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Bible Commentaries

Abbott's Illustrated New Testament

Mark 6

Verse 1

Verse 1

His own country; the region of Nazareth.

Verse 3

Verse 3

The carpenter. Matthew (Matthew 13:55) says the carpenter's son. It would seem, from Mark's expression, that Jesus had been accustomed to labor with his father.--Brother,--sisters. These words are often used in the Scriptures to express any near relative, as in Genesis 13:8, where Abraham and Lot are said to be brethren. It would seem from Mark 15:40, that the mother of James and Joses was a Mary; and from John 19:25, that she was a near relative of the virgin Mary, but not the same. She is called in several places the wife Cleopas. The words sister and son are used with the same latitude. Thus Christ is called the son of David.

Verse 5

Verse 5

That is, they brought very few to be healed; and he would not force his miracles upon them.

Verse 7

Verse 7

By two and two; that they might render to each other mutual assistance and sympathy.

Mark 6:8,Mark 6:9. That is, that they should go as they were, without making special preparations for the expedition. That the directions were not meant to be insisted upon literally and strictly, is evident from the fact that the accounts differ, in regard to the particulars, in the different evangelists. (Comp. Matthew 10:10, in respect to shoes and staves.) The script was a a leather bag or wallet for provisions,--such as shepherds used.

Verse 11

Verse 11

These directions (Mark 6:7-11) resulted from a wise regard to the circumstances of the case, and a deliberate forethought in providing for the future, in the surest and best way. They were not, as might perhaps be supposed, an abandonment of prudential considerations, under a blind dependence upon the providence of God. So great and general was the interest then felt throughout Galilee, in the ministry and miracles of Jesus, that there could be under those circumstances no safer or surer reliance for support than the spontaneous hospitality of those interested in the cause. We observe that this, though the earliest apostolic practice, is not to be considered as a model for imitation in modern times. Many of the ecclesiastical arrangements of Jesus and his apostles were particularly adapted to their times and circumstances; and, in the same manner, the arrangements which we make must often be accommodated to ours.

Verse 14

Verse 14

Men who have the least faith have often the greatest superstition; and there is no more fruitful source of superstitious fears than remorse for crimes.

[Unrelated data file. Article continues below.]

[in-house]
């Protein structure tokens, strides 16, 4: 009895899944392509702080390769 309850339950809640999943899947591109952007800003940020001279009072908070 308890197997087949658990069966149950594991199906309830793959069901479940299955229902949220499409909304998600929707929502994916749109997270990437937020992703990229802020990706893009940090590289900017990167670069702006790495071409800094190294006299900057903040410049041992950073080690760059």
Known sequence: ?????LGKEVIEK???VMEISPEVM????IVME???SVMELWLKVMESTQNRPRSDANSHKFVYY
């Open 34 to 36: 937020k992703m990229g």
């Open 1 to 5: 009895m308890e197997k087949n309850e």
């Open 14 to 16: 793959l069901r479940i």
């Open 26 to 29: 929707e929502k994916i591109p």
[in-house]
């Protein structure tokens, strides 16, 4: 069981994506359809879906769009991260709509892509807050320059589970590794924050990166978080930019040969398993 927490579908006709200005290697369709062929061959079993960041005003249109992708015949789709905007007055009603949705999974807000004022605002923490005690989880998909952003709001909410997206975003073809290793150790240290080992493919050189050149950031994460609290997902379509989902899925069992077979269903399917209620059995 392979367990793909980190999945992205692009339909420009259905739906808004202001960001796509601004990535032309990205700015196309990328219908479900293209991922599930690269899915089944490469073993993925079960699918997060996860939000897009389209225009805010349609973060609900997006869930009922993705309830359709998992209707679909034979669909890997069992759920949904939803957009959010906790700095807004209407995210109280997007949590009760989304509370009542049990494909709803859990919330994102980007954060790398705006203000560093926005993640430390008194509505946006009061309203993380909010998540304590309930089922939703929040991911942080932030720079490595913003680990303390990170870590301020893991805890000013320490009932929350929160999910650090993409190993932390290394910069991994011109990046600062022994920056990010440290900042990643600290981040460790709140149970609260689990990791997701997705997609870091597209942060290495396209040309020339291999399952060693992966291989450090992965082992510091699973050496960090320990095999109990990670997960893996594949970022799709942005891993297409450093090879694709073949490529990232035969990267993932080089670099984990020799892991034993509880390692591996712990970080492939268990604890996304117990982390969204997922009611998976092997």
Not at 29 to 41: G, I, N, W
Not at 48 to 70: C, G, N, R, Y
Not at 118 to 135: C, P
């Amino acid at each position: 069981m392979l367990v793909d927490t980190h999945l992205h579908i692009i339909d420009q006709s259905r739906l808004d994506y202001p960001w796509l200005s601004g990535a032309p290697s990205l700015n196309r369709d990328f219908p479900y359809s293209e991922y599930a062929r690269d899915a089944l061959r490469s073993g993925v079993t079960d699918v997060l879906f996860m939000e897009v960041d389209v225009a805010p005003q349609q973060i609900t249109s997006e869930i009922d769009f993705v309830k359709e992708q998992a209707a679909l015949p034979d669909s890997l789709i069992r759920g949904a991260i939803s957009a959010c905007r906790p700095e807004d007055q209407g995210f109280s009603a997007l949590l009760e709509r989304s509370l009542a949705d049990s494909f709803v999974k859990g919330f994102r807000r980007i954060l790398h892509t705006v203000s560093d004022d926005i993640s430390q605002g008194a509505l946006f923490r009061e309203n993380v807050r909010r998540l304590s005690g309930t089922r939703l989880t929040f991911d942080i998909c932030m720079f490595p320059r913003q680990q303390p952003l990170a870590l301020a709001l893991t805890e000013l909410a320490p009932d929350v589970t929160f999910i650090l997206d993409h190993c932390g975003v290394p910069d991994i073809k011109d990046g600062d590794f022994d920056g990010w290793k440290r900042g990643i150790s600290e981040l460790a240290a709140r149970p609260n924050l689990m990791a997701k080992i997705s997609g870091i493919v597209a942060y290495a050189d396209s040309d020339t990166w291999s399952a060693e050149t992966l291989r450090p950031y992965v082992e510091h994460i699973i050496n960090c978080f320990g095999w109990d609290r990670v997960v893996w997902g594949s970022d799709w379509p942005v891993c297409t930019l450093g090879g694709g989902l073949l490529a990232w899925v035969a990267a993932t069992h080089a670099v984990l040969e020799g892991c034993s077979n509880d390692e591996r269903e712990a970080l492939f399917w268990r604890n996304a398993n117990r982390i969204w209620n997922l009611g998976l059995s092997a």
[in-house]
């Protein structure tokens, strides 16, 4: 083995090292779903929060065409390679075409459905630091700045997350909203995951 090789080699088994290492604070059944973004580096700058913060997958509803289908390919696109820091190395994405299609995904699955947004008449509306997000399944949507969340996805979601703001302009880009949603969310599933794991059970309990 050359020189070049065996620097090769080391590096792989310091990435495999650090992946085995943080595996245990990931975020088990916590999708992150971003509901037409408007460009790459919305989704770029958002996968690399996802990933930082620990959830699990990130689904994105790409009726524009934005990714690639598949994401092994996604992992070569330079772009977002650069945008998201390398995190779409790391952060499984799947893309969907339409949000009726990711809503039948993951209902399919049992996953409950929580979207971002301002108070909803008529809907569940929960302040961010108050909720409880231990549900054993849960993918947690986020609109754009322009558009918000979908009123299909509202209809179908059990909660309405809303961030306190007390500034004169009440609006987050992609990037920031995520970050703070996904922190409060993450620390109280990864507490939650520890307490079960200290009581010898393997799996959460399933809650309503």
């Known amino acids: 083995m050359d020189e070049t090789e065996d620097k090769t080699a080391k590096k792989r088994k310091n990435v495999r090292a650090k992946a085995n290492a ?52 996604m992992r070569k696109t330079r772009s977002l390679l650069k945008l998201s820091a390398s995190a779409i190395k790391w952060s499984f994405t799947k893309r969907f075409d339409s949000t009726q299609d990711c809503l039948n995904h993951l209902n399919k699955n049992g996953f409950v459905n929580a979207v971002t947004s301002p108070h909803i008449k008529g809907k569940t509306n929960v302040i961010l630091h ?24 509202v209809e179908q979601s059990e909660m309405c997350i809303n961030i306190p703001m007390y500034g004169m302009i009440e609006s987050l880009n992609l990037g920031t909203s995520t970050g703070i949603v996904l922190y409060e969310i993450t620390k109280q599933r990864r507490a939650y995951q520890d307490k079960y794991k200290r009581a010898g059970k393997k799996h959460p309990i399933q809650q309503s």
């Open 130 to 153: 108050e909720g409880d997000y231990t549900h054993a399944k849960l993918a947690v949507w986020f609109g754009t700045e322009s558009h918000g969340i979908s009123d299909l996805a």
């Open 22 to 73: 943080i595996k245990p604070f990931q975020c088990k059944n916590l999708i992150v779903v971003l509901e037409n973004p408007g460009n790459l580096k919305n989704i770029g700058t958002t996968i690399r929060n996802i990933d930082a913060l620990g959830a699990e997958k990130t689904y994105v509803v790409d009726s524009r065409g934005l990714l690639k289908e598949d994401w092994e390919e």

Verse 15

Verse 15

Elias; the prophet Elijah, who was expected as the forerunner of Christ.

Verse 17

Verse 17

We learn, from the secular histories of those times, that this was Herod Antipas, the son of the old king. He had enticed away from his brother Philip, who was then living in poverty and obscurity, his wife Herodias, who was the daughter of another brother, and of course the niece of both her husbands. The name of the daughter who danced was Salome; a common Hebrew name at that time.

Verse 21

Verse 21

Galilee. Herod succeeded to a part only of his father's ancient dominion.

Verse 23

Verse 23

The extravagance of this promise is accounted for by the fact that it was doubtless made under the excitement of wine.

Verse 25

Verse 25

By and by; immediately.

Verse 26

Verse 26

Their sakes which sat with him. They were glad to have the reprover of their sins slain, especially as it could be done by means of the crime of another.

Verse 28

Verse 28

The damsel gave it to her mother. These were worthy descendants of a monster, who could order the execution of all the infants of a village, to secure the death of one Innocent babe. The story of the whole Herod faintly, for several generations, as given by contemporary writers, presents one continued scene of intrigue, cruelty, incest, adultery, and murder, to which the history of the world will scarce afford a parallel.

Verse 32

Verse 32

A solitary place, upon the shores of the lake; not barren, for they sat down (Mark 6:39) upon the green grass.

Verse 37

Verse 37

Two hundred pennyworth. The denominations and the value of money have so entirely changed since those times, that we cannot fix upon any sum of modern currency as corresponding to the amount here named. It was doubtless a large sum in relation to the resources of the disciples.

Verse 38

Verse 38

Have ye? that is, in the common supply, prepared for the Savior and his immediate disciples.

Verse 40

Verse 40

By hundreds, and by fifties; in irregular groups, from fifty to a hundred together.

Verse 45

Verse 45

He constrained his disciples. They were unwilling to leave him, but he wished to be alone. There might have been some difficulty, too, in effecting the quiet dispersion of the people, as appears from John's account of this case (John 6:14,John 6:15.)

Verse 48

Verse 48

And he saw them. The lake was five miles across, on the average, and about ten in the widest place. From his elevated position Jesus could perhaps overlook the whole surface of the water.--The fourth watch; not far from three o'clock. The watches were of three hours each.

Verse 50

Verse 50

Were troubled; were afraid.

Verse 51

Verse 51

Sore amazed; very much amazed.

Verse 54

Verse 54

They knew him; that is, the people on that side: the intelligence of his arrival was immediately spread in all directions.

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Bibliographical Information
Abbott, John S. C. & Abbott, Jacob. "Commentary on Mark 6". "Abbott's Illustrated New Testament". https://www.studylight.org/commentaries/eng/ain/mark-6.html. 1878.